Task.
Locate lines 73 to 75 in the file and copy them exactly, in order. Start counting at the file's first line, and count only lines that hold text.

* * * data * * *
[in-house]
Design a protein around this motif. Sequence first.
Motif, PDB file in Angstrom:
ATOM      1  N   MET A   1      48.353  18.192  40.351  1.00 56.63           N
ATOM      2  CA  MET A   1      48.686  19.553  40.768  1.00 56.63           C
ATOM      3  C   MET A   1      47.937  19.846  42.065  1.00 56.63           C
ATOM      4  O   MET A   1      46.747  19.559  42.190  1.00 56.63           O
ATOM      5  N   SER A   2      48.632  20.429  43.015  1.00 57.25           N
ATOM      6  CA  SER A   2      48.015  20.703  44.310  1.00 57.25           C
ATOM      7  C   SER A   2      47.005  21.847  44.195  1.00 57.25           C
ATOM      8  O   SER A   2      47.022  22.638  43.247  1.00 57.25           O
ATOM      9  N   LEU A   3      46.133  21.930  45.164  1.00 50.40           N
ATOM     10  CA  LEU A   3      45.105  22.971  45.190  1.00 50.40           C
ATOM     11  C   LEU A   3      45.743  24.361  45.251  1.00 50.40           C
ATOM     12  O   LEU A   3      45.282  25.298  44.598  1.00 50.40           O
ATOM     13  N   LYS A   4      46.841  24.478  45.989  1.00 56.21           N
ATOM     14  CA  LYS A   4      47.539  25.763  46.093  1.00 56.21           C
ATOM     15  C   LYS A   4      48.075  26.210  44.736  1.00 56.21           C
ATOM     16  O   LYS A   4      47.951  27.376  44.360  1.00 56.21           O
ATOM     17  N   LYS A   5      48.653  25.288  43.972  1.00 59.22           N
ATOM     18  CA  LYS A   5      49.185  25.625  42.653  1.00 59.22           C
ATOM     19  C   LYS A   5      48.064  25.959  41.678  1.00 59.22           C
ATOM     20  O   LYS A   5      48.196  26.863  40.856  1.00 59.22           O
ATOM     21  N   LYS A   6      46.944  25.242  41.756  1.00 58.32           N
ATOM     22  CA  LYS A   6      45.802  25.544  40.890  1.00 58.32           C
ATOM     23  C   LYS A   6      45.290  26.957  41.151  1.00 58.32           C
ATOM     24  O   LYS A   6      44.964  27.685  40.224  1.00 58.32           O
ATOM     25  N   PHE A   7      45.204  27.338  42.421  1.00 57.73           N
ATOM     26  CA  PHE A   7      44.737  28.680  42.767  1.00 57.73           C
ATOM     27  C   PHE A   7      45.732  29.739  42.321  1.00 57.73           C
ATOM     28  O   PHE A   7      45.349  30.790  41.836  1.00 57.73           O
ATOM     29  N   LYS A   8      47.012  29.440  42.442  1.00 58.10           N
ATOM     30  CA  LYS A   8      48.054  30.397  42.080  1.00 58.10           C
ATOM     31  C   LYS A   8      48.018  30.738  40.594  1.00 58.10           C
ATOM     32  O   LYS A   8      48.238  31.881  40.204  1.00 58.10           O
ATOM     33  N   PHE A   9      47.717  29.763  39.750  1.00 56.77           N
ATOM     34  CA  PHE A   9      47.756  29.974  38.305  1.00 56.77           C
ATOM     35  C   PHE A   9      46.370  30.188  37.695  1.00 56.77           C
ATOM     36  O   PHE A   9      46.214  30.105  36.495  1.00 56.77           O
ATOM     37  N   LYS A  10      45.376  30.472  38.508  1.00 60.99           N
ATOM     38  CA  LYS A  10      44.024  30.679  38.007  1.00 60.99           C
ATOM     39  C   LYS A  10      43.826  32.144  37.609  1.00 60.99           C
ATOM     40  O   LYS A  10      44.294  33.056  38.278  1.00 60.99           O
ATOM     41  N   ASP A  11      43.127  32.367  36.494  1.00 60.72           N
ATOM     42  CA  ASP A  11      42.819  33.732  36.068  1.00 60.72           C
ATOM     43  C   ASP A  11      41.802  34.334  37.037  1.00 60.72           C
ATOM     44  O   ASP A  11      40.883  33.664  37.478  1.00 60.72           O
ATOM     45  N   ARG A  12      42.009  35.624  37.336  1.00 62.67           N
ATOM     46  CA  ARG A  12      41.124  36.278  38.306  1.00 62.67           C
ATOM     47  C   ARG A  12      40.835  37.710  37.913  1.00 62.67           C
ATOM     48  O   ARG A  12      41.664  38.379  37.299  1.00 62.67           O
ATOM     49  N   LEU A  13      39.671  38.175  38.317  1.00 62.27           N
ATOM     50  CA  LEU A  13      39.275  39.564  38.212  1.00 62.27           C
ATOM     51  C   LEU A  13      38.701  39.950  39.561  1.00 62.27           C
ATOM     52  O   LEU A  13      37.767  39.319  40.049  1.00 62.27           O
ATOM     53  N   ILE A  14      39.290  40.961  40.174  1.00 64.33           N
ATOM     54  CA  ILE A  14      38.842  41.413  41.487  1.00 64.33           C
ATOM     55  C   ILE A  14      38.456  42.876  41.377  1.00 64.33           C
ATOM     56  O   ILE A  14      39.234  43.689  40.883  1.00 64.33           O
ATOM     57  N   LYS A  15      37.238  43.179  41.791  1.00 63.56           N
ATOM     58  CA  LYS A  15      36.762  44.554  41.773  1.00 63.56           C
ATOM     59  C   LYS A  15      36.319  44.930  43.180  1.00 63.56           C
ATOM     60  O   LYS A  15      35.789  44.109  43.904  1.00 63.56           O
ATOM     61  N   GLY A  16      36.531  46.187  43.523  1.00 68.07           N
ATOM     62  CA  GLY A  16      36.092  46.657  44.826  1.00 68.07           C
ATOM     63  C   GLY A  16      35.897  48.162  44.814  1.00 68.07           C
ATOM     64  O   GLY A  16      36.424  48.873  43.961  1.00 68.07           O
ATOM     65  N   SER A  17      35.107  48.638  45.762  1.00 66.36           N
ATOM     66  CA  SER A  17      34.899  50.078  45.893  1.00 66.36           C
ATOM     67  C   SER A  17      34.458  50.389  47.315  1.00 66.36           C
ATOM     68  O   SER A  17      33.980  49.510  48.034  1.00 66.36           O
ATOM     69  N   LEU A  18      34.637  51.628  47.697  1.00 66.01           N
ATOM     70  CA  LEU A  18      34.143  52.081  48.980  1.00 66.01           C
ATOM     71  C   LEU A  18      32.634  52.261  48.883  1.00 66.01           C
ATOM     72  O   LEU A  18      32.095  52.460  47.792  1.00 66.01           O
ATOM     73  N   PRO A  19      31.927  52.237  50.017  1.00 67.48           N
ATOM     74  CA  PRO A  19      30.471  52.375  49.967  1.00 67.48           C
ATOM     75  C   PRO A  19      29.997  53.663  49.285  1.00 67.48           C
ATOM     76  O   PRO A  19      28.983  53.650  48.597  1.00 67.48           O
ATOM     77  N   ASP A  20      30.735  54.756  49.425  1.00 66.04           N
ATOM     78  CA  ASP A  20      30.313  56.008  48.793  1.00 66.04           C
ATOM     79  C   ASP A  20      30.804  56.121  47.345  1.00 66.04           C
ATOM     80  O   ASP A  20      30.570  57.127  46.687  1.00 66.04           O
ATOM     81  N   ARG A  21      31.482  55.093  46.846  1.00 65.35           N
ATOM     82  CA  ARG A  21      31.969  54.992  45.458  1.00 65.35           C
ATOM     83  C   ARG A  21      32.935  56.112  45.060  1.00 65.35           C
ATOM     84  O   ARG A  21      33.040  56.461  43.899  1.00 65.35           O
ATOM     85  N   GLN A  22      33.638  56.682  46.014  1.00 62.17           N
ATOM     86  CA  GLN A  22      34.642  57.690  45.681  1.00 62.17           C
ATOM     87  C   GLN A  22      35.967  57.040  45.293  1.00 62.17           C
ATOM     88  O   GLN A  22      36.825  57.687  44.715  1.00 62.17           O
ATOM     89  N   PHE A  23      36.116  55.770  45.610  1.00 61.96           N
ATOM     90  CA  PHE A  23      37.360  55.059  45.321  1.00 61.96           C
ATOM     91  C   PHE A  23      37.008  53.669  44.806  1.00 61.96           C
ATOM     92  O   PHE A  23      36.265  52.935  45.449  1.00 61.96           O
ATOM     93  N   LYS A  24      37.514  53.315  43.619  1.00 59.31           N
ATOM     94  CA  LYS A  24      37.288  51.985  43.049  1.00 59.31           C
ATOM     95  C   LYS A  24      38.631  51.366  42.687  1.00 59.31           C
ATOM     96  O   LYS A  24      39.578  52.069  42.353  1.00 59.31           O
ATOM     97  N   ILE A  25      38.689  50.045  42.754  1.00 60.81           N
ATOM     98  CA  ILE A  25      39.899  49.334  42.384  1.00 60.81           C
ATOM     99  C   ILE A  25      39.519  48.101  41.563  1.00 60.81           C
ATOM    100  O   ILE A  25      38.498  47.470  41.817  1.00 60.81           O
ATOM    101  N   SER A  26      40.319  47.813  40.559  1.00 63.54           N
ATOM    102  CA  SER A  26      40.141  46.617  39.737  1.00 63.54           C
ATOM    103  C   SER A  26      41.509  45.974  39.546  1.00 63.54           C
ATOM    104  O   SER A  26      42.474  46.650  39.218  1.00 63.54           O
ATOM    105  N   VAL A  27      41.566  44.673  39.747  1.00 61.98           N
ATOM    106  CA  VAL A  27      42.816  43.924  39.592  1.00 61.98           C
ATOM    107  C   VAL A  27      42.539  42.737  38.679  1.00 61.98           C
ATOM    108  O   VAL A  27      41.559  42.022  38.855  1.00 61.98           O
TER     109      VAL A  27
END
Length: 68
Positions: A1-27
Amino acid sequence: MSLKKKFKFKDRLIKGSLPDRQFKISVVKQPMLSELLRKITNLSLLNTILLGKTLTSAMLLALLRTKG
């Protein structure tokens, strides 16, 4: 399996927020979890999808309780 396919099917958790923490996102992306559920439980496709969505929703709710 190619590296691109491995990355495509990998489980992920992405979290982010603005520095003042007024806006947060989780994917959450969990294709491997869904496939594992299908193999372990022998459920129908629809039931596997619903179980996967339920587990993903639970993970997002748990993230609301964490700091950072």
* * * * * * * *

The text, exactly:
ATOM     70  CA  LEU A  18      34.143  52.081  48.980  1.00 66.01           C
ATOM     71  C   LEU A  18      32.634  52.261  48.883  1.00 66.01           C
ATOM     72  O   LEU A  18      32.095  52.460  47.792  1.00 66.01           O